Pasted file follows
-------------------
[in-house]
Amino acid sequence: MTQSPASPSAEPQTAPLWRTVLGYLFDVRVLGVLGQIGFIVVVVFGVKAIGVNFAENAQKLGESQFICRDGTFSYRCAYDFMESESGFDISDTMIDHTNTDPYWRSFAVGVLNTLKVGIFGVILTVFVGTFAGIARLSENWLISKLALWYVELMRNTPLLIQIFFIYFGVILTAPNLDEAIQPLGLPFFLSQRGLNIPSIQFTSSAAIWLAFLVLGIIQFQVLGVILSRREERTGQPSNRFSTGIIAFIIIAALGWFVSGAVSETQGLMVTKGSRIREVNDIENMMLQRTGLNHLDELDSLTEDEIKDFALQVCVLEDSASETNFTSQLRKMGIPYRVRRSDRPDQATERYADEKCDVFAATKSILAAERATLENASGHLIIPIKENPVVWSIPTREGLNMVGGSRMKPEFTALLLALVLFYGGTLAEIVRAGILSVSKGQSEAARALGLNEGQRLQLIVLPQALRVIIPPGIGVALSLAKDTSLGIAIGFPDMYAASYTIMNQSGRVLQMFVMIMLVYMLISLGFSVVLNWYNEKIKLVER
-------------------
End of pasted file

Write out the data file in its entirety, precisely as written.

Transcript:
[in-house]
Amino acid sequence: MTQSPASPSAEPQTAPLWRTVLGYLFDVRVLGVLGQIGFIVVVVFGVKAIGVNFAENAQKLGESQFICRDGTFSYRCAYDFMESESGFDISDTMIDHTNTDPYWRSFAVGVLNTLKVGIFGVILTVFVGTFAGIARLSENWLISKLALWYVELMRNTPLLIQIFFIYFGVILTAPNLDEAIQPLGLPFFLSQRGLNIPSIQFTSSAAIWLAFLVLGIIQFQVLGVILSRREERTGQPSNRFSTGIIAFIIIAALGWFVSGAVSETQGLMVTKGSRIREVNDIENMMLQRTGLNHLDELDSLTEDEIKDFALQVCVLEDSASETNFTSQLRKMGIPYRVRRSDRPDQATERYADEKCDVFAATKSILAAERATLENASGHLIIPIKENPVVWSIPTREGLNMVGGSRMKPEFTALLLALVLFYGGTLAEIVRAGILSVSKGQSEAARALGLNEGQRLQLIVLPQALRVIIPPGIGVALSLAKDTSLGIAIGFPDMYAASYTIMNQSGRVLQMFVMIMLVYMLISLGFSVVLNWYNEKIKLVER